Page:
Euthanasia is the practice of ending one’s life in a painless manner. This has been a subject of great controversy across the world and it is only legal in certain places. At one end of the argument, advocates say that euthanasia, or physician assisted suicide, is a merciful method of death. Those who disagree consider this method as a form of murder.
The two types of euthanasia are voluntary and involuntary. Voluntary euthanasia is performed when the patient finds the pain unbearable and willingly asks for death, knowing that his/her situation has no hope of improving.
The right and wrong of this act depends on the magnitude of the illness. One who suffers from immense pain is not capable of making practical decisions. So, someone else who is familiar with the situation must evaluate the patient’s decisions. If the patient’s condition is incurable, then it is impractical to suffer for the sake of living. It would help the patient a great deal to be put to death painlessly. But if the patient has hope of recovering and the pain is only temporary, it would certainly be wrong to use this method, even though the patient begs for it.
Involuntary euthanasia is performed when the patient is incapable of making decisions (coma, paralysis, Alzheimer’s, etc.). These terminal diseases will most likely lead to a gruesome death. Once this has been confirmed is when a friend or family member will make the decision for the patient and remove their life-supporting equipments or give lethal injection. The dilemma is that this form of death is technically murder, which is crime, but the intent being to end the suffering.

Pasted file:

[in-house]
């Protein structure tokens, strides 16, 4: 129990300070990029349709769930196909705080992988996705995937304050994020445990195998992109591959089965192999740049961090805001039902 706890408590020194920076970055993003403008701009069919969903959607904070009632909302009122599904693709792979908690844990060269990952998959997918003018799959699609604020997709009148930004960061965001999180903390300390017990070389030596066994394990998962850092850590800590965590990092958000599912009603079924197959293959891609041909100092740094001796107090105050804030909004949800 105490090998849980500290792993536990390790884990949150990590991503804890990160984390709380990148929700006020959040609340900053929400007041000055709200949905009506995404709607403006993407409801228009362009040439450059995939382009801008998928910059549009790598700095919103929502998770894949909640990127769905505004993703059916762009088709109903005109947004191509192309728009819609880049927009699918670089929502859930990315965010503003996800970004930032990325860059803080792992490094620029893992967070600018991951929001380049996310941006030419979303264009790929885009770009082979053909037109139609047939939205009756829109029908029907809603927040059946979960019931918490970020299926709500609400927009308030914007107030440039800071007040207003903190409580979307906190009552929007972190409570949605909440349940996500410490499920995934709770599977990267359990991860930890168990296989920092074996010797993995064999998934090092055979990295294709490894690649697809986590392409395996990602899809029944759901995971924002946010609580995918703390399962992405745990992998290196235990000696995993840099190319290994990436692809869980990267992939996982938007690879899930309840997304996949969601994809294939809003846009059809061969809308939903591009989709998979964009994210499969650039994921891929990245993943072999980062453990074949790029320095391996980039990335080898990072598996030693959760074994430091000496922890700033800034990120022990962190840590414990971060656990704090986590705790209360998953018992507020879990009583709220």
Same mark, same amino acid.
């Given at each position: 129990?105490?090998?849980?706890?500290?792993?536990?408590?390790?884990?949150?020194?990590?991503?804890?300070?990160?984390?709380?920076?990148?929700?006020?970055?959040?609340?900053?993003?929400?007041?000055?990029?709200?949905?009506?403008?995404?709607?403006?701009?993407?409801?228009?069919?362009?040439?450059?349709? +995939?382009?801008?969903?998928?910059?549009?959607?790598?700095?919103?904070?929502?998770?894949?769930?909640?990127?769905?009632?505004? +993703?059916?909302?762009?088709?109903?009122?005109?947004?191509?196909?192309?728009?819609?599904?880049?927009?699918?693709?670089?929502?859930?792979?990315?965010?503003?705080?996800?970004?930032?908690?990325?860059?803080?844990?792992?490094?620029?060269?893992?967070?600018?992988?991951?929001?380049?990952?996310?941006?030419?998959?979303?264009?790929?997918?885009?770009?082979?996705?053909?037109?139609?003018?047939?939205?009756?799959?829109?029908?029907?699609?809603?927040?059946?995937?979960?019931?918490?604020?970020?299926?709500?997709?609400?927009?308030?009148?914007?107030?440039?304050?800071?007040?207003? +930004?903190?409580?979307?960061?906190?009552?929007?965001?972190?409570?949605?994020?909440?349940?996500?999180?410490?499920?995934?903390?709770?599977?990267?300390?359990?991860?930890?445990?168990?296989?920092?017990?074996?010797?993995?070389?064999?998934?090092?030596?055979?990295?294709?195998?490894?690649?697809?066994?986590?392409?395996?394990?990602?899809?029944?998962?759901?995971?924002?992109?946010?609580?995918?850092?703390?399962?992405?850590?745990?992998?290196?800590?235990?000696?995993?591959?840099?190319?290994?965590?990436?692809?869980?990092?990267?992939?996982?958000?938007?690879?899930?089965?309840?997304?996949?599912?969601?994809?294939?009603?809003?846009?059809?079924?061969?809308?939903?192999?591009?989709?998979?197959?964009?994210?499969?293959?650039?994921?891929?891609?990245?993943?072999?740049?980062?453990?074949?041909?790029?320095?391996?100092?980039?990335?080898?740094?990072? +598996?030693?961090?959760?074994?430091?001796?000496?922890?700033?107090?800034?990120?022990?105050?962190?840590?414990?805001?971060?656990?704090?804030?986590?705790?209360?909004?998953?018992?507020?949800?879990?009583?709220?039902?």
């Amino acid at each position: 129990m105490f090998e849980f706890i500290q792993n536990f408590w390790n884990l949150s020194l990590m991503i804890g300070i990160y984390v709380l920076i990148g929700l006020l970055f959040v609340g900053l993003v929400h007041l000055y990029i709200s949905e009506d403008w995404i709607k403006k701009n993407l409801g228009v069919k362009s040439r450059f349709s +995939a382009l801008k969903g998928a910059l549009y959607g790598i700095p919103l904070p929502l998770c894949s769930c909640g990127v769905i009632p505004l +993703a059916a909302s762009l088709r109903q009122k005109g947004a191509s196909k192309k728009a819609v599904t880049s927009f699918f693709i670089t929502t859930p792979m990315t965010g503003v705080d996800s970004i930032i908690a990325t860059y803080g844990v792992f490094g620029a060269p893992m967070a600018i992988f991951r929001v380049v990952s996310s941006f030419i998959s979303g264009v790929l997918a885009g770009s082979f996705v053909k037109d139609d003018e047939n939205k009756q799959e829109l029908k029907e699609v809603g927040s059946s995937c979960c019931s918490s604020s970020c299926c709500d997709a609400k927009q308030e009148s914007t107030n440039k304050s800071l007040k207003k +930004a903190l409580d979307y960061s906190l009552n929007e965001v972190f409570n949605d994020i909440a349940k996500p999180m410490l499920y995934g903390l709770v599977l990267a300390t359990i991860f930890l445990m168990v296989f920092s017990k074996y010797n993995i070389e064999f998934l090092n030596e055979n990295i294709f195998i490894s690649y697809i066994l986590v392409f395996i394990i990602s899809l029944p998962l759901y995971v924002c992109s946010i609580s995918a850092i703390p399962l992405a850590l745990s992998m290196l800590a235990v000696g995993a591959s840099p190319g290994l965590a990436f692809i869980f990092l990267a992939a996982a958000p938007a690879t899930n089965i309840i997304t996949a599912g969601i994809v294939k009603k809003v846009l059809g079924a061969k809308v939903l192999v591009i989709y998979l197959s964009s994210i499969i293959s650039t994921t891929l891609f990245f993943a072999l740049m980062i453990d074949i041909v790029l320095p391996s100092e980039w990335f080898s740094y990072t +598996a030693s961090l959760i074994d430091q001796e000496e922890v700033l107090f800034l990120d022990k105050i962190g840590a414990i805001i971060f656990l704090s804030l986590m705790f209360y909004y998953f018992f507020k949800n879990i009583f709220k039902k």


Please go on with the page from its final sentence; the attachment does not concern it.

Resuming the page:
I would say that this is moral and truly an act of mercy. Those who would argue with me would say that it is pitiless murder. The righteous deed, they would say, is to let the patient die by his/her own accord. Doing something beneficial for another is not a crime. Dying by one’s own accord means to edge closer to death painfully. By ending this...